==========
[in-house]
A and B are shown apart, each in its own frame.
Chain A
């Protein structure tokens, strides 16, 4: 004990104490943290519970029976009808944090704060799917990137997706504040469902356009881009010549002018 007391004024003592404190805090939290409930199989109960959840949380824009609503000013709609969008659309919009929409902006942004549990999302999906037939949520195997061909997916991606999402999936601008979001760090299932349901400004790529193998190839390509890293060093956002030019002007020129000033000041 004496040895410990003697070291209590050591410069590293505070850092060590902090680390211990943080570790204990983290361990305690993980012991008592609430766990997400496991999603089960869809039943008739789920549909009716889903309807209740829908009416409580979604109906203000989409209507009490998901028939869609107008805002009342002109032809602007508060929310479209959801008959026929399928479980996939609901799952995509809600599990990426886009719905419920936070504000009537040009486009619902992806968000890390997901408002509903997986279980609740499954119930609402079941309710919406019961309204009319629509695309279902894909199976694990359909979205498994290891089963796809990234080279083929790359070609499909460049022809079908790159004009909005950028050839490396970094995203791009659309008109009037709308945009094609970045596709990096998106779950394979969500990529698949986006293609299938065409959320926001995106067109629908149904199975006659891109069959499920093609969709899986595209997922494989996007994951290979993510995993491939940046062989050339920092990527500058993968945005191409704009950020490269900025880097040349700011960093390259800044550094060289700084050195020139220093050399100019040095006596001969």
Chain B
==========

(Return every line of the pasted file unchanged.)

[in-house]
A and B are shown apart, each in its own frame.
Chain A
């Protein structure tokens, strides 16, 4: 004990104490943290519970029976009808944090704060799917990137997706504040469902356009881009010549002018 007391004024003592404190805090939290409930199989109960959840949380824009609503000013709609969008659309919009929409902006942004549990999302999906037939949520195997061909997916991606999402999936601008979001760090299932349901400004790529193998190839390509890293060093956002030019002007020129000033000041 004496040895410990003697070291209590050591410069590293505070850092060590902090680390211990943080570790204990983290361990305690993980012991008592609430766990997400496991999603089960869809039943008739789920549909009716889903309807209740829908009416409580979604109906203000989409209507009490998901028939869609107008805002009342002109032809602007508060929310479209959801008959026929399928479980996939609901799952995509809600599990990426886009719905419920936070504000009537040009486009619902992806968000890390997901408002509903997986279980609740499954119930609402079941309710919406019961309204009319629509695309279902894909199976694990359909979205498994290891089963796809990234080279083929790359070609499909460049022809079908790159004009909005950028050839490396970094995203791009659309008109009037709308945009094609970045596709990096998106779950394979969500990529698949986006293609299938065409959320926001995106067109629908149904199975006659891109069959499920093609969709899986595209997922494989996007994951290979993510995993491939940046062989050339920092990527500058993968945005191409704009950020490269900025880097040349700011960093390259800044550094060289700084050195020139220093050399100019040095006596001969």
Chain B